The rapid-fire growth of alternative travel providers such as Airbnb and Uber shows that online conversations can drive business among consumers and sources of labor alike. More than ever, during the holidays – the peak season for most hospitality companies, from airlines and car rental companies to hotels and restaurants – executives need to be using social data as a listening post for consumer opinion and competitive positioning. They also need to connect social data with performance data to fully understand their position in the marketplace and what they need to do in order to best operate the business.
There is a considerable gap between executives who are well-versed in the social data as a strategic asset, and those who have either delegated the results too far away or are too far removed to understand the power that it offers. Social media provides a relatively unedited glimpse into what guests are saying beyond traditional satisfaction scores. (That being said, every type of self-reported opinion has some bias, and it is important to know how to balance for them.) Hospitality execs can use social media and digital data to learn about the market, how they are positioned and how they benchmark relative to the competition – becoming better operators in the process.
Perhaps most importantly, social media offers localized data, which hospitality executives can use to manage multiple locations and determine how to strategically grow the business. They should never assume that what works for one location will be the same across the board for other locations or potential areas of expansion. In addition, as more hospitality companies introduce amenities designed to attract local guests – such as a regionalized dish at a restaurant or a live music performance at a hotel – social data can help executives parse which initiatives resonate with locals vs. travelers.
Analyzing social media and digital data, and acting on that analysis, is an ongoing process. It is not just a matter of looking at the receipts every day or expecting one week’s worth of data to produce valuable insights or trends. It takes time to collect the data, analyze it, compare it against which areas of the business are and are not successful, make small adjustments and measure the results.
For hospitality executives that have never examined and analyzed customer insights shared through social media, the process can seem daunting. However, this task can be broken down into four relatively simple, actionable steps that make it seem much less intimidating:
Step One: Evaluate
Start by evaluating performance across all relevant websites and social media platforms, such as Yelp and TripAdvisor (and multiple similar platforms), as well as Twitter, Facebook and Pinterest. Keep in mind that each of these platforms caters to different audiences: TripAdvisor is more relevant to travelers, while Yelp serves local residents and those traveling for leisure. More than eighty percent of Pinterest’s users are female.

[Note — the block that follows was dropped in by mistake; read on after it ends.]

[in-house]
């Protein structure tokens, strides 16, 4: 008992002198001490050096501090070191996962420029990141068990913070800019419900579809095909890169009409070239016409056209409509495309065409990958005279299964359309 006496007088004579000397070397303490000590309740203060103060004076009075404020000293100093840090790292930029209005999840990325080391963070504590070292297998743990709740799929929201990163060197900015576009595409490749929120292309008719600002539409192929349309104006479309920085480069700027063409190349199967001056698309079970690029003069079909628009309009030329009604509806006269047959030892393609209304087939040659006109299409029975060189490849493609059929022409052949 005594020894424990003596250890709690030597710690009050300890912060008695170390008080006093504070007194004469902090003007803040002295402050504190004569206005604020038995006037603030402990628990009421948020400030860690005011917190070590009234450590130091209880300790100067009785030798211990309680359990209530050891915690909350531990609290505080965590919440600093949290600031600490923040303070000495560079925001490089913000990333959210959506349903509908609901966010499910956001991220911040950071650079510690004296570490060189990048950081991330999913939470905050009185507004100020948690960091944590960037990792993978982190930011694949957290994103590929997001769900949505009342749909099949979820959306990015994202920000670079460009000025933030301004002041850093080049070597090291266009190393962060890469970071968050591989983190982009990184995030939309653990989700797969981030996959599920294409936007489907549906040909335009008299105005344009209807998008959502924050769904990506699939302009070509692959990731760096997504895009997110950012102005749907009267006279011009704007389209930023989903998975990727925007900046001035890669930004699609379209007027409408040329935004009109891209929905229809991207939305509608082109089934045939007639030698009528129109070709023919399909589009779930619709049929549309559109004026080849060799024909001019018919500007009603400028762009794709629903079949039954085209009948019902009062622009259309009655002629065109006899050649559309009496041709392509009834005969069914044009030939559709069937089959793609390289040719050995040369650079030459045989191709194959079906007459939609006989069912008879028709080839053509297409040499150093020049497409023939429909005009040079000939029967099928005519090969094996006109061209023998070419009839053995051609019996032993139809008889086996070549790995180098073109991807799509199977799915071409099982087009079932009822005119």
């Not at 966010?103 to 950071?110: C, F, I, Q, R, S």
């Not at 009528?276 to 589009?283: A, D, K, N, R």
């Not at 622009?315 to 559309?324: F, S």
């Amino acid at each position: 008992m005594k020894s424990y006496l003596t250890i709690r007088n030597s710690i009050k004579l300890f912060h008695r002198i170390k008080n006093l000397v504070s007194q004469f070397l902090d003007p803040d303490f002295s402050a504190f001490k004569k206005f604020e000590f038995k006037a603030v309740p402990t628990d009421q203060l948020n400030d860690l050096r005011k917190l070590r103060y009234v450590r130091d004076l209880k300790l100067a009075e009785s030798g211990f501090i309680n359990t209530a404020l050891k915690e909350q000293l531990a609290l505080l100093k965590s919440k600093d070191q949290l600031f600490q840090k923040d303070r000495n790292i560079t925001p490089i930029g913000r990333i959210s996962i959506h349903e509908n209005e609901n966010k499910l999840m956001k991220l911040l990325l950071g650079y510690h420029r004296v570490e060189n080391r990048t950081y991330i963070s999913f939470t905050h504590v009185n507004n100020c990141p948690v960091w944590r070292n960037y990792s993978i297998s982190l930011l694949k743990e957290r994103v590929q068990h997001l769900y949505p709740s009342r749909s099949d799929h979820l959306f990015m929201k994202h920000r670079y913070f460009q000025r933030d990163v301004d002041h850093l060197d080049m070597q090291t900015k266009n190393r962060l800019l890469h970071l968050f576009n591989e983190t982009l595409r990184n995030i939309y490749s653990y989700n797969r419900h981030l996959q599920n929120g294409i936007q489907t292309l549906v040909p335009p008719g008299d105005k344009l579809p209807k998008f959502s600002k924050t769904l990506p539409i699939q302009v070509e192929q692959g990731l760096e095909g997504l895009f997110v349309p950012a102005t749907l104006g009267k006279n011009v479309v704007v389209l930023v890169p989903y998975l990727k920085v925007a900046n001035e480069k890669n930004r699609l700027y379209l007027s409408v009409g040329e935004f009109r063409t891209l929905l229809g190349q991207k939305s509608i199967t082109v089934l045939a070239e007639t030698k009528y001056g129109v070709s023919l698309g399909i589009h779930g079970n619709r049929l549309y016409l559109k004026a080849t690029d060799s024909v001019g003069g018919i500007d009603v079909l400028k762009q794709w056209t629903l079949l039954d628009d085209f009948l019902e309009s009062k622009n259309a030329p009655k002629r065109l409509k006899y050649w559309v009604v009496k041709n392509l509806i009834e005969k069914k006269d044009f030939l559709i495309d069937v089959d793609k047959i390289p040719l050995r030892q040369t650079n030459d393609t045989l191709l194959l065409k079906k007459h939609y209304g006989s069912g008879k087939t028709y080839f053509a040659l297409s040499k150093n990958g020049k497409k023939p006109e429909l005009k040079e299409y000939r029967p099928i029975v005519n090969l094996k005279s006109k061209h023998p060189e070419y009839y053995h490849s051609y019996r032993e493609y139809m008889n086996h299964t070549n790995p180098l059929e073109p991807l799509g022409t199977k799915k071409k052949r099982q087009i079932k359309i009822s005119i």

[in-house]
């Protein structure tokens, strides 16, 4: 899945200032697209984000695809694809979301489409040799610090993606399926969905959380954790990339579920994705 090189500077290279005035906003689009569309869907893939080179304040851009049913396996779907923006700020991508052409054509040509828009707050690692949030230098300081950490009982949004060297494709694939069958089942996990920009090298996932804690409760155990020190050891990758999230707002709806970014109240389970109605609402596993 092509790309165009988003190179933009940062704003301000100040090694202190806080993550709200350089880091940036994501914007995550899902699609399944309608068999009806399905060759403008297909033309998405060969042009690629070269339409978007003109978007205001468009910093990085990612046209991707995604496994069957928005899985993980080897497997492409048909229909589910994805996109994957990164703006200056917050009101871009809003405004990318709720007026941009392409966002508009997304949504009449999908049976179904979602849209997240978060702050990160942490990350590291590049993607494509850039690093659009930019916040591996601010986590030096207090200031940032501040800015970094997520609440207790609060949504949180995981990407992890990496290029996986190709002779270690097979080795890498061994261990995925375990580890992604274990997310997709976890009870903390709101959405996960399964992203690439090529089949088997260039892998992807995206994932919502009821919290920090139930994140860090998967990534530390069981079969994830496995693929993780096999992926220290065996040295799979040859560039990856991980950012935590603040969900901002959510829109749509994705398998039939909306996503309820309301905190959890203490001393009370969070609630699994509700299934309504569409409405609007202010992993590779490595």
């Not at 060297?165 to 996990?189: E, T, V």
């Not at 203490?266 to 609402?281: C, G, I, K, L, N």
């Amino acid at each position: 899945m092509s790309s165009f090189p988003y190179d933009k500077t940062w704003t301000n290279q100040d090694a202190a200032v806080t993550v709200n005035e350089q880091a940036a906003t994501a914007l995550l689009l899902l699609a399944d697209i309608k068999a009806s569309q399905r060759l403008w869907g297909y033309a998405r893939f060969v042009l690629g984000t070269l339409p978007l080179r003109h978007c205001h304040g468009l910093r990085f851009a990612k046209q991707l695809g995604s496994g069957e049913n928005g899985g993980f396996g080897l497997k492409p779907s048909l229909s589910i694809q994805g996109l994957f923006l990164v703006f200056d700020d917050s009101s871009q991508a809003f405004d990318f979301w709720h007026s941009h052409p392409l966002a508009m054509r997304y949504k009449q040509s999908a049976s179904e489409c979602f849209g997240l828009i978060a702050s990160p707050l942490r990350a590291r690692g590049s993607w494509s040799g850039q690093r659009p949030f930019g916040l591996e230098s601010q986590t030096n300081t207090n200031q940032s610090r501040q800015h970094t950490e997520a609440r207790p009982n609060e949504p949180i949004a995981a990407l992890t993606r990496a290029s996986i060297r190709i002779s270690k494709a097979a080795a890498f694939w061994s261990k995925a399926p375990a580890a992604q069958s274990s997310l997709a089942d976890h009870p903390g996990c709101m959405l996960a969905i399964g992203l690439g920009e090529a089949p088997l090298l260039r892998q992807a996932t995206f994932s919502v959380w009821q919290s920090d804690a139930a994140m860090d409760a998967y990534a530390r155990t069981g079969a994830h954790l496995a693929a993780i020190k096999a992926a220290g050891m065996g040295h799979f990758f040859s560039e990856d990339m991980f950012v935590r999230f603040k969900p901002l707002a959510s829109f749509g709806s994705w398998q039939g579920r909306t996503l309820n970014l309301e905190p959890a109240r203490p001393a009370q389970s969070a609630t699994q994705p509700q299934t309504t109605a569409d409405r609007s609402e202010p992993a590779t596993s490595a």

Assess customer sentiment, customer comments, and engagement levels. Creating word clouds of commonly-used words and phrases is one of the most effective ways on gaining a quick snapshot into the prevailing customer sentiments, both positive and negative.
Step Two: Analyze
Once all web and social media data has been unpacked, it should be organized by location to assess performance and identify improvement opportunities. Comparing the performance of different locations to social media data can reveal the impact of reviews on different social media platforms.
This data needs to be compared with performance and local economic data to determine where consumer opinion is in line with performance, to see if any issues have root causes, and to show unmet growth opportunities, potential risks or upsides on the horizon.
After pain points have been identified from social media and web data, hospitality executives should use the data to identify potential fixes. In many cases, additional research is necessary – such as by surveying guests – to fully understand the opportunities for improvement and if proposed solutions would positively impact performance.
Step Three: Test and Measure
The “test and measure” approach is less risky and ultimately more effective than sweeping, company-wide rollouts of new policies. Execs should conduct small, fast, iterative tests at individual locations that have the potential to improve performance and profitability. They should then monitor that location’s performance, analyze and assess the incremental uplift, and refine strategies as needed. Once a strategy has been proven effective, it can be expanded to additional or all locations.
Step Four: Scale and Promote
If a new initiative proves effective, execs should look for ways they can scale up positive outcomes across the entire business. Well-received changes should be promoted to guests, emphasizing the benefits to them, as well as to company stakeholders and prospective investors.
While in the past, those in the hospitality industry had some information advantage over the customer, the current world is one in which the customer knows your performance faster than you do, and they know your availability. Fortunately, the abundance of social media data puts those in the hospitality industry in a better position to receive and implement feedback from guests than ever before – as long as they know how to aggregate, analyze and act on that data.